In 2020, the Bank of Italy’s IACOFI survey shows a level of literacy among Italians that confirms our country’s lagging position in international comparison, which had already emerged
in 2017. Comparing the two editions, Italians have improved financial knowledge, and maintained substantially stable scores of behaviors and attitudes (attitudes).
Financial literacy is uneven across segments of the population: college graduates do better than non-graduates; men’s financial literacy is on average higher than women’s; it is very low among young people, reaches the highest levels for respondents around 45 years old, and then declines.
As part of the ANGLE project coordinated by the Collegio Carlo Alberto in Turin, alongside a series of booklets and videos that explain key concepts of Financial Education in a simple way, we designed a board game that combines notions of economics, luck, and strategic skills to guide players along a path that covers the life cycle, all the way to retirement. The game was co-created with a group of about 200 European students who tested it, providing feedback useful for implementation. Some components such as character cards and unexpected cards were designed by the students themselves.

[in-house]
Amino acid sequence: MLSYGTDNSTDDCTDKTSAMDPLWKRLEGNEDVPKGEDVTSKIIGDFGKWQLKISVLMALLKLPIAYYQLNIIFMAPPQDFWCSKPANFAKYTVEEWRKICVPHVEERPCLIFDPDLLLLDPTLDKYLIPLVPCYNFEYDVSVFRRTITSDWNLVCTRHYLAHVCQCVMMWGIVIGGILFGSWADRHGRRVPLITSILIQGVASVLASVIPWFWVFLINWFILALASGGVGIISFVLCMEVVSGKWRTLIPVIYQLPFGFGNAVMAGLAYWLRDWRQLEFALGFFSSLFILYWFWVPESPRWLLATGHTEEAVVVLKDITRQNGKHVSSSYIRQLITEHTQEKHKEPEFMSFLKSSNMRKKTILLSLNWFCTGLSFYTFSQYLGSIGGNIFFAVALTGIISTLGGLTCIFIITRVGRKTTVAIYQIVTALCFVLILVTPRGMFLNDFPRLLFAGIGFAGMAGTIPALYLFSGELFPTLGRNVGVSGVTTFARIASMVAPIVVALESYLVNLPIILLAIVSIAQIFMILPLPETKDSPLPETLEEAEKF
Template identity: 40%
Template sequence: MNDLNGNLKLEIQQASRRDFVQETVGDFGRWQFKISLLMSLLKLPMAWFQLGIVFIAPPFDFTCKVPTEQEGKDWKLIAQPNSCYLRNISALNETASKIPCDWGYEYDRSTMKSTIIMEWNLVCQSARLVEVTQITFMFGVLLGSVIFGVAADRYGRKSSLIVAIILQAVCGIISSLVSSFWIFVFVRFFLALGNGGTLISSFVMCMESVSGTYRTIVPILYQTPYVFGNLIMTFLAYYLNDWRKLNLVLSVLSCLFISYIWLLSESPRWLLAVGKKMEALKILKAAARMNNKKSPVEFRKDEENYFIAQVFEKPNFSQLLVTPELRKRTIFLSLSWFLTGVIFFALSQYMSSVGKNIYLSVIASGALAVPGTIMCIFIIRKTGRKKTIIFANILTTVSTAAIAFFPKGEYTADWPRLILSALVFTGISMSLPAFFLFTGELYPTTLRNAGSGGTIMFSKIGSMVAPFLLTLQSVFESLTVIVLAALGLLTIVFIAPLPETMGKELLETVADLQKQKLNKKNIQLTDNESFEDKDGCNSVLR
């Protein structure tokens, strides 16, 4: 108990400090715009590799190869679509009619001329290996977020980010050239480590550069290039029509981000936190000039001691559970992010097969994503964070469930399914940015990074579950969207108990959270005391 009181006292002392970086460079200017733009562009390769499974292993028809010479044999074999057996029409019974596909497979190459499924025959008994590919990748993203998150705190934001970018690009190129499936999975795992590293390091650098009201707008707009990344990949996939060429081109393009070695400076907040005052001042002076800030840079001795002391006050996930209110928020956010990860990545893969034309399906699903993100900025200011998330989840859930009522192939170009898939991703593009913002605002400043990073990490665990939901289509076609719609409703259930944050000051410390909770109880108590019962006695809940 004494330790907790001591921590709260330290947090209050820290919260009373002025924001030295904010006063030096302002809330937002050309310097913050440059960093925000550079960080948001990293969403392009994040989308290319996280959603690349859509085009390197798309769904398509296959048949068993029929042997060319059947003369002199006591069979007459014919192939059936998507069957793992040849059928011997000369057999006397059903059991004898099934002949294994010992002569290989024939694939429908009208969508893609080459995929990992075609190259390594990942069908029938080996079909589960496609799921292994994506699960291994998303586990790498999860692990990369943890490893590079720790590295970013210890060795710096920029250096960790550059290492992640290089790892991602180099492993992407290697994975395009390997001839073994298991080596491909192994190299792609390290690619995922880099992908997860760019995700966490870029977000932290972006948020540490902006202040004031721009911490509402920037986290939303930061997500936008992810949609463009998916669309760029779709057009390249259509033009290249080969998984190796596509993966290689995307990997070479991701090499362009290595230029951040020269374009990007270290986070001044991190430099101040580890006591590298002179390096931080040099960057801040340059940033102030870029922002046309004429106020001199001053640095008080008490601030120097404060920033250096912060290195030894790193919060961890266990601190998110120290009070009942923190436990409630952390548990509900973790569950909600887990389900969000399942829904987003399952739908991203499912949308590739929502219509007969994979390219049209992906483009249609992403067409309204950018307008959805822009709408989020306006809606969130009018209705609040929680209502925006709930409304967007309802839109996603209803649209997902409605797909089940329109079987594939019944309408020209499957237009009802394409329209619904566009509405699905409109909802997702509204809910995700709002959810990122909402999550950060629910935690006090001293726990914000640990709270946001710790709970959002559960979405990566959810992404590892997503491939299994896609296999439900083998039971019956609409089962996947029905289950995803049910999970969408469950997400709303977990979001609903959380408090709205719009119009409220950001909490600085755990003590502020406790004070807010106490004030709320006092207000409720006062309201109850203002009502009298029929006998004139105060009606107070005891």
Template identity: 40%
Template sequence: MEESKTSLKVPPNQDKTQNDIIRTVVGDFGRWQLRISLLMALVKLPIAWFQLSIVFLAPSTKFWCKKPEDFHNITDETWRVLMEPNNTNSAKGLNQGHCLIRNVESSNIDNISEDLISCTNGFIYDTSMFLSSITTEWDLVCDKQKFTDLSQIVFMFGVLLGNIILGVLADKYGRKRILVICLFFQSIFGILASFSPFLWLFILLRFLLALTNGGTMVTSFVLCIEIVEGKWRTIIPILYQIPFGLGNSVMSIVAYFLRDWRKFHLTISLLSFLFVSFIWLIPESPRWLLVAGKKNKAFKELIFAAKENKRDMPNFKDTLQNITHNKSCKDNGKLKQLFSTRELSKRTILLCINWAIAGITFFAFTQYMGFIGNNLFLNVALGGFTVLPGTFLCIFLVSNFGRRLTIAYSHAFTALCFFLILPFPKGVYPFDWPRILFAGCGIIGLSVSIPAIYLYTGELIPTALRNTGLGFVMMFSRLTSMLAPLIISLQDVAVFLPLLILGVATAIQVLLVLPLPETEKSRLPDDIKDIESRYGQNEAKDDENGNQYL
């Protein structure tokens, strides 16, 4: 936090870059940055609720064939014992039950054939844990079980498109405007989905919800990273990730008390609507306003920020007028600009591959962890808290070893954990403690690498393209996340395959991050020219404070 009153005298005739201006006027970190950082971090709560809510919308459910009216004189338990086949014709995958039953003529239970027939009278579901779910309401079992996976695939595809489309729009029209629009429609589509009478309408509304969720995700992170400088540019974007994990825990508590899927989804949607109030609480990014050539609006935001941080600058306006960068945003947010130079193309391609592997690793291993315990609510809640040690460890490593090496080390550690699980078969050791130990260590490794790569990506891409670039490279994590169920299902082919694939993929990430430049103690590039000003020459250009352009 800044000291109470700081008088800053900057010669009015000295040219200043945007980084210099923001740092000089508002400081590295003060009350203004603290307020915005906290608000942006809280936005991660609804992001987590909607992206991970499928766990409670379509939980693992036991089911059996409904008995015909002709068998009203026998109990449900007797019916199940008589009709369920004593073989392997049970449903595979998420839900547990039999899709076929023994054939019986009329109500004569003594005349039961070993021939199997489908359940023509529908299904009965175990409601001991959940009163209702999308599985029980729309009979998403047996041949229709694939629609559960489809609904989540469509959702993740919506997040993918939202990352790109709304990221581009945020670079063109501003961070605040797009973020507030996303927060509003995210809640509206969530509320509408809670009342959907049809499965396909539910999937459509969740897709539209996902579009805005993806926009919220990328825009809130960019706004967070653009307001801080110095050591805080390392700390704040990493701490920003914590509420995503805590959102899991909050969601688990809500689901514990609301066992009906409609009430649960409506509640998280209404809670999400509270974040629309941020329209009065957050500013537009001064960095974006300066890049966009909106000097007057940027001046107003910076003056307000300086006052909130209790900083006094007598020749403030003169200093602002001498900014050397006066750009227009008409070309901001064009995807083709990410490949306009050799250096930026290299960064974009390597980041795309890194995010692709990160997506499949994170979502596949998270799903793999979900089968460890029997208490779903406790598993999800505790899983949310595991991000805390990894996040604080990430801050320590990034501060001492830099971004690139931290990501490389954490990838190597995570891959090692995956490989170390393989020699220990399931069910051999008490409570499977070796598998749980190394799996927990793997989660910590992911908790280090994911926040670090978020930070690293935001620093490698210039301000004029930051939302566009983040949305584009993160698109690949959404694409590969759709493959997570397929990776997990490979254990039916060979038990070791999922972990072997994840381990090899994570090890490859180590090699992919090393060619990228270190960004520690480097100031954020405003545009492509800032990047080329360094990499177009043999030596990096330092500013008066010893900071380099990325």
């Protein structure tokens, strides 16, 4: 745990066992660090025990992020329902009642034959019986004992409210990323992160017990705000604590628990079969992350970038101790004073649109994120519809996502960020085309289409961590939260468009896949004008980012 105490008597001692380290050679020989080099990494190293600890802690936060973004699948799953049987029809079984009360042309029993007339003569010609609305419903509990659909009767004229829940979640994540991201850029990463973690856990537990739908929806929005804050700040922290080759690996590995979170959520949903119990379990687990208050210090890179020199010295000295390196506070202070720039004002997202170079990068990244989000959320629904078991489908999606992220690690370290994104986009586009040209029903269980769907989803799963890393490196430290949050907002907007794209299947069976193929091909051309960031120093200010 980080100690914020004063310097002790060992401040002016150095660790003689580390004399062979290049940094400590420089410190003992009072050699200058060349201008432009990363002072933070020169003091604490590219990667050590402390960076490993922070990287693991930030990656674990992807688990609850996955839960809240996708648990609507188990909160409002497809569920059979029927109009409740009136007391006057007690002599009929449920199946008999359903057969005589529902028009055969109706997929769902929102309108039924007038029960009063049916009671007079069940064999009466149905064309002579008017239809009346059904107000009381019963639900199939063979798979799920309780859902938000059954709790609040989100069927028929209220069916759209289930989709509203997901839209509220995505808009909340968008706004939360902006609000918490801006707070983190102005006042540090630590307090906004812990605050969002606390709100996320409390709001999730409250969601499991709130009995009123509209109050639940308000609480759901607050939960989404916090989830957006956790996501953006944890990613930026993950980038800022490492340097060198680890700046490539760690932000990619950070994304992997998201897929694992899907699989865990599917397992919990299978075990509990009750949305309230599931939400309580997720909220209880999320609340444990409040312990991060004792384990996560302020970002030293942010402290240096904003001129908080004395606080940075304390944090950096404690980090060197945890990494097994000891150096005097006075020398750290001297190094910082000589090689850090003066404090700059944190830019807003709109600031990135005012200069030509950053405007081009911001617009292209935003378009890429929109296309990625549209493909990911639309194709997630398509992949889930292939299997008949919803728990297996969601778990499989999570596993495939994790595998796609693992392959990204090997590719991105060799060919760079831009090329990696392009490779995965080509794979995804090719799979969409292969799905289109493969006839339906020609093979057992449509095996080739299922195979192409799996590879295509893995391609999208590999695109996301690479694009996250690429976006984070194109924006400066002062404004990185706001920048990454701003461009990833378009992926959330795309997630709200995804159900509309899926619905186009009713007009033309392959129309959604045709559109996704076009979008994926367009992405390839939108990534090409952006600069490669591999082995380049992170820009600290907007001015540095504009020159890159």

Collegio Carlo Alberto
During the focus groups, all students reported that they learned something at the end of the game. Further tests on the effectiveness of the game for learning will be conducted by the end of the project.
Further expansions of the game can be planned, either by inserting new characters, quizzes and contingencies, or by including more complex functions.